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I'm in the process of job hunting for something entry level programmer/IT related and I haven't had any luck for a few months now. I had one offer presented via LinkedIn because my skill set happened to fit the contract offered, but since then when applying I've noticed the myriad of programming concepts/languages out of my scope. I fit some qualifications but not all, and this is something that has been baffling me.

I would like to make some projects to bolster my portfolio, but I'm a bit overwhelmed by all the choices. What I mean is I would like to mess around with some RSA encryption or make a few data models, but then I feel as if I'm fortifying skills for one job skill set and completely closing the doors on say a LAMP stack or mobile development job. I'm here looking for insight from recruiters or experienced workforce members on what they look for when they are considering low level employees. If I focus on something unrelated to the job description, does that disqualify me from applying to those jobs even if I have, say, 60% of the qualifications?

For the record I have an AS in computer science and have taken higher level courses on my own time (proglang, rdbms, basic crypto, basic datasci, taking architecture now and planning on compiler theory), but had to discontinue the pursuit of a bachelor's due to financial reasons. I have a small portfolio with 2 private projects and I really want to get started on expanding it so I can at least show people physical progress. I really just need any job so I can pay off loans and I'd really like it to be field-related. If anyone could offer me more insight to the job process from the recruiter's perspective or a more efficient way to spend my time on projects that'd be great. Thanks a bunch!

closed as off-topic by IDrinkandIKnowThings, Garrison Neely, jcmeloni, Jim G., Roger Mar 18 '15 at 12:21

This question appears to be off-topic. The users who voted to close gave this specific reason:

  • "Questions asking for advice on what to do are not practical answerable questions (e.g. "what job should I take?", or "what skills should I learn?"). Questions should get answers explaining why and how to make a decision, not advice on what to do. For more information, click here." – IDrinkandIKnowThings, Garrison Neely, jcmeloni, Roger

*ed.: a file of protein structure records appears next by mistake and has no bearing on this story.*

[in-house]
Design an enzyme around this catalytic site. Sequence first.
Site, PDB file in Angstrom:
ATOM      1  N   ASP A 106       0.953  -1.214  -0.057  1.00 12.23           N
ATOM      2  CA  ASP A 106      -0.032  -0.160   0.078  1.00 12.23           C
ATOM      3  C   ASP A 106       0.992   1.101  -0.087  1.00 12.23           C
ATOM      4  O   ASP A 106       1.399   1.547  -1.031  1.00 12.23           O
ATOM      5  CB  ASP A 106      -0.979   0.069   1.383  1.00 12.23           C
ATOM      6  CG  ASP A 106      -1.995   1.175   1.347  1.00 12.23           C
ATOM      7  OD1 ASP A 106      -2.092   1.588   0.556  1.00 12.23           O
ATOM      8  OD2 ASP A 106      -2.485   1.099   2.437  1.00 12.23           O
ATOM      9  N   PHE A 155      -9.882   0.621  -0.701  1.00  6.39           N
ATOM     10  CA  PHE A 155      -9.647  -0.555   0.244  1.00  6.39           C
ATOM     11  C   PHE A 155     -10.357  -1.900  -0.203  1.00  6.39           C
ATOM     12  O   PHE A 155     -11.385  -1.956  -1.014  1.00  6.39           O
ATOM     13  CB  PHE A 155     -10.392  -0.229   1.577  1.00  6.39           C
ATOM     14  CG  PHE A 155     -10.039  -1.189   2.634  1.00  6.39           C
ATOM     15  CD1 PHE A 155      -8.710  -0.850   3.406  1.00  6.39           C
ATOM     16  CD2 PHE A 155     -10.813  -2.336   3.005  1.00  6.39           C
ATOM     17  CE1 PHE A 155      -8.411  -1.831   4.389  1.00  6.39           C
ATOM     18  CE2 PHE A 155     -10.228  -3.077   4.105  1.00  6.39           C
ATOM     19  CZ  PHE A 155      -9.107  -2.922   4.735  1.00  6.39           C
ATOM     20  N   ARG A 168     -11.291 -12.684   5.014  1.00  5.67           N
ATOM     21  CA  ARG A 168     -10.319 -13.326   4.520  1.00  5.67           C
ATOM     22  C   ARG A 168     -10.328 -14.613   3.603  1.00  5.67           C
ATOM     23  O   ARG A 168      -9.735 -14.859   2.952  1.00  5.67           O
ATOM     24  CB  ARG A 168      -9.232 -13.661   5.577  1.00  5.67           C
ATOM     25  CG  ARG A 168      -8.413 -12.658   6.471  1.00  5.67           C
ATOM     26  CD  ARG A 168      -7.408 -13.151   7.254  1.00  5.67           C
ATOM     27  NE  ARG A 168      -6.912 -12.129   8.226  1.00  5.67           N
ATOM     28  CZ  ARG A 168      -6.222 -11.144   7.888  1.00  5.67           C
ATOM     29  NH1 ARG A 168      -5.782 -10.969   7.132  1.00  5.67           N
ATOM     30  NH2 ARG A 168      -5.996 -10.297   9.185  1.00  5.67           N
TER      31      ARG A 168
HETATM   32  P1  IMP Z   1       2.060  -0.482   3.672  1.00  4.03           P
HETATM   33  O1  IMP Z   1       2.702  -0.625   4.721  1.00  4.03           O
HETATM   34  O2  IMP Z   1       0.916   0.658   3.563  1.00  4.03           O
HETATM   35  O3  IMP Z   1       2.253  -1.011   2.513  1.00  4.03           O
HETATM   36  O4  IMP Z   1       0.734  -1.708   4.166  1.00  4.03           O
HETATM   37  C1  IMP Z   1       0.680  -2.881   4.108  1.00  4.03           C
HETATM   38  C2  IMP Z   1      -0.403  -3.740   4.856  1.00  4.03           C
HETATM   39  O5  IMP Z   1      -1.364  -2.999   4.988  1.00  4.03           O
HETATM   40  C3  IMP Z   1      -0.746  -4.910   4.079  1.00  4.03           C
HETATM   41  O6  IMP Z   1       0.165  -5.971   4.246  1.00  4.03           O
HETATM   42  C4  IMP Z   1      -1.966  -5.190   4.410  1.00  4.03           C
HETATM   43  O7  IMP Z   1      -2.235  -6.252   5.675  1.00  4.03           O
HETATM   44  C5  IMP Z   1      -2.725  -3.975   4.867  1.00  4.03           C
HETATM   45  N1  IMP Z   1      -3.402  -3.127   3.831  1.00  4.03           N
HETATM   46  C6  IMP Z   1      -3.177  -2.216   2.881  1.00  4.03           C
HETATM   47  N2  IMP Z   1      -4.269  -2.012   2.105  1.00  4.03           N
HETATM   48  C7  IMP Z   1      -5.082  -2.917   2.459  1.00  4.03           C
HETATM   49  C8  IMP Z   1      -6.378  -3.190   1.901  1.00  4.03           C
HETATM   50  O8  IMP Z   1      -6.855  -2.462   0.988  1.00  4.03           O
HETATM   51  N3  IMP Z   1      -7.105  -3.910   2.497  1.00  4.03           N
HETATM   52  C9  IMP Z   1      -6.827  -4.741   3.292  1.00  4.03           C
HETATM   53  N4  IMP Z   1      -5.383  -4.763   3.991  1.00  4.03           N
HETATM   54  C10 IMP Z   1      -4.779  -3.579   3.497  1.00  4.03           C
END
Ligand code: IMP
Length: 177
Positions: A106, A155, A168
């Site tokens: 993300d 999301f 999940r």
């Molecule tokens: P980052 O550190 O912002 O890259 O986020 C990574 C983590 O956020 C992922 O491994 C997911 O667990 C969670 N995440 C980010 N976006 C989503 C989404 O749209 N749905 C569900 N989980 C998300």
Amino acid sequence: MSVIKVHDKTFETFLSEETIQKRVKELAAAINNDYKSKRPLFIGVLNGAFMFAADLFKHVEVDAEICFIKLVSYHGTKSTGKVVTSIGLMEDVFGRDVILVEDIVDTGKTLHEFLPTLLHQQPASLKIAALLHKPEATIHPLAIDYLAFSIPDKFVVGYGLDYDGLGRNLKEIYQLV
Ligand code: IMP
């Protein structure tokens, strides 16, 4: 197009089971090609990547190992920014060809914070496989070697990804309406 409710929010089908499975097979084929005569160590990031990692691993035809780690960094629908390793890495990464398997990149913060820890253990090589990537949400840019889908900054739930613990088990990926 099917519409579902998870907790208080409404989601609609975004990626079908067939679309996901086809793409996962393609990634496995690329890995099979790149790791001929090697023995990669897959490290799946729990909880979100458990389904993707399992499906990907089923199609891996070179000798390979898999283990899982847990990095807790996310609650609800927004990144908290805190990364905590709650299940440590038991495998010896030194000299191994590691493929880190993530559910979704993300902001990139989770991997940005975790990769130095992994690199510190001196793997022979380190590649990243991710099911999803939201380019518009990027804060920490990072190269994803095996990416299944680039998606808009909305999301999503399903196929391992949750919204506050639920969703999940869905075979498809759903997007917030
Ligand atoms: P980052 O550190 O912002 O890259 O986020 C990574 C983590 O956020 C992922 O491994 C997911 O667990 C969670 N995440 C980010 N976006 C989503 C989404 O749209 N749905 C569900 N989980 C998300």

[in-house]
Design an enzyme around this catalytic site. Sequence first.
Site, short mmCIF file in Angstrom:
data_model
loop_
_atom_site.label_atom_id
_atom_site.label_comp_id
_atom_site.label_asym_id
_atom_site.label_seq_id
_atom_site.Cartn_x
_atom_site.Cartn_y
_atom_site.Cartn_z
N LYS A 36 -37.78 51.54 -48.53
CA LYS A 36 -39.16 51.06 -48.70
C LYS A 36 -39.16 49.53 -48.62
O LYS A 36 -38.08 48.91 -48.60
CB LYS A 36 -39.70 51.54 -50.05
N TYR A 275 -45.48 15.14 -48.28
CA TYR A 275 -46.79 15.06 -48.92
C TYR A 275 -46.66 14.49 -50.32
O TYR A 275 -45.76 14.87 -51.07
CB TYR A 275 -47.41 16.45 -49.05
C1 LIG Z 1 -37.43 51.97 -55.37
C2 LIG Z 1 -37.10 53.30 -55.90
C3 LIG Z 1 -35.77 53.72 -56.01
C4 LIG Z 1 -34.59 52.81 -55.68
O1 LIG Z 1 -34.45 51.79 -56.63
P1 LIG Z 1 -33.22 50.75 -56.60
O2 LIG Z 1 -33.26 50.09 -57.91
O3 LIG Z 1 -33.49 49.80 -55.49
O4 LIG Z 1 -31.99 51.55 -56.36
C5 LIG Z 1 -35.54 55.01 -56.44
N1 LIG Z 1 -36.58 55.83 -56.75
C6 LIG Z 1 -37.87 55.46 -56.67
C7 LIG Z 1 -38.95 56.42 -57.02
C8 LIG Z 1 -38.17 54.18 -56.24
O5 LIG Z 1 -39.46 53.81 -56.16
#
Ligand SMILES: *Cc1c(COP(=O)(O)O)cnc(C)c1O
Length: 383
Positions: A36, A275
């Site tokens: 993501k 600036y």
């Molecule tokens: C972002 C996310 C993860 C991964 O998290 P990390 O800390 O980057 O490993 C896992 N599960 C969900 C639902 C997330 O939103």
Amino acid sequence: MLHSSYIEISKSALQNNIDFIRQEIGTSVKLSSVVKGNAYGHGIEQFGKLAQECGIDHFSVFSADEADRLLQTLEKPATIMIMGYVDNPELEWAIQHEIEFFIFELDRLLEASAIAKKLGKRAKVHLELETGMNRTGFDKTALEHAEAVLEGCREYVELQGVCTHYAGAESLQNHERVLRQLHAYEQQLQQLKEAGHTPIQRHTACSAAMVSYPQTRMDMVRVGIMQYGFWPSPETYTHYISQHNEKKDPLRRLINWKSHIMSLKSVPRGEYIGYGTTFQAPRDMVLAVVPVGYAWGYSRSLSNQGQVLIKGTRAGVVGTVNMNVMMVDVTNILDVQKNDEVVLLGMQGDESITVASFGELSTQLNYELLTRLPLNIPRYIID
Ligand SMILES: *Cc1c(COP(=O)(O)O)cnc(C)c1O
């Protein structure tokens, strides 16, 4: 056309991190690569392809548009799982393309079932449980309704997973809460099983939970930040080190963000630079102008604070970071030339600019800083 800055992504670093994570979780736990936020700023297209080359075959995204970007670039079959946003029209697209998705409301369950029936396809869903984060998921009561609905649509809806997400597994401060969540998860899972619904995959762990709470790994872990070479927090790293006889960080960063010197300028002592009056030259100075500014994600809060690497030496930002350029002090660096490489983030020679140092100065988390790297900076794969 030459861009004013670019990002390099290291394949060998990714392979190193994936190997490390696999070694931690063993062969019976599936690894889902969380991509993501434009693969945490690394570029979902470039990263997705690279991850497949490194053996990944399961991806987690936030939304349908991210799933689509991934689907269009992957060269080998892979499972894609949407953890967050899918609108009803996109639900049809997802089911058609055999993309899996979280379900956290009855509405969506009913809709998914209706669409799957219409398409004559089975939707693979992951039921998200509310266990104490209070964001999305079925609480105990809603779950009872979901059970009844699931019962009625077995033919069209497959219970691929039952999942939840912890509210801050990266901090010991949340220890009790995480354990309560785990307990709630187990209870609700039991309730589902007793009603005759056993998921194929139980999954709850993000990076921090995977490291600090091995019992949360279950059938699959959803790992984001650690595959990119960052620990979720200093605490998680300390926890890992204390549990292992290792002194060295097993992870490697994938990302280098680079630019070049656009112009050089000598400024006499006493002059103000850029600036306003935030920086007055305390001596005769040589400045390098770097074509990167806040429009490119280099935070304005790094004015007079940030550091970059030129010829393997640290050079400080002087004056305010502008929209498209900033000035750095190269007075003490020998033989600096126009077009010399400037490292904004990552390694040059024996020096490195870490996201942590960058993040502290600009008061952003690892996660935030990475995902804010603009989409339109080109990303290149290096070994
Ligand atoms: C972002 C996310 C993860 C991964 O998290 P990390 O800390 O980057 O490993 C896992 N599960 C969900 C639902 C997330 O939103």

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    Associates degrees, IMO, aren't worth the paper they're printed on in computer science. Finish the bachelor's degree. – Brian Feb 23 '15 at 16:57
  • I plan on it later down the road, but I have no money to keep going. – Joey Feb 24 '15 at 9:46
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There's no such thing as one set of skills closing the door on another. If given infinite time, you could ostensibly absorb infinite knowledge. The issue therefore is time: you seem to be looking for a job sooner, rather than later. In this case I would advise you to strengthen your set of skills by making contributions to open source software in your chosen environment. Your work will be peer reviewed by the person who handles your pull request and when you apply at a prospective employer, telling them you have gained experience in their field by working on open source project X is very unlikely to hurt you.

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"If you choose not to decide, you still have made a choice" - Rush

Apply for the jobs. The first step of getting the job is getting the interview. You will never know if you are disqualified from a position if you never apply for it.

As for your skills.. what is your desired skillset? What do you want to be when you grow up? See @Cronax's answer as well.

Opportunities can present themselves in a company to switch technologies. I have seen a co-worker start off as a database developer and wind up as an iOS / objective C programmer.

Get your foot in the door somewhere. Be grateful for your first opportunity. But never stop being a student of the game. If you start off as an xyz developer, but abc is fascinating... get a book and read it. Do the homework problems and hone your skills.

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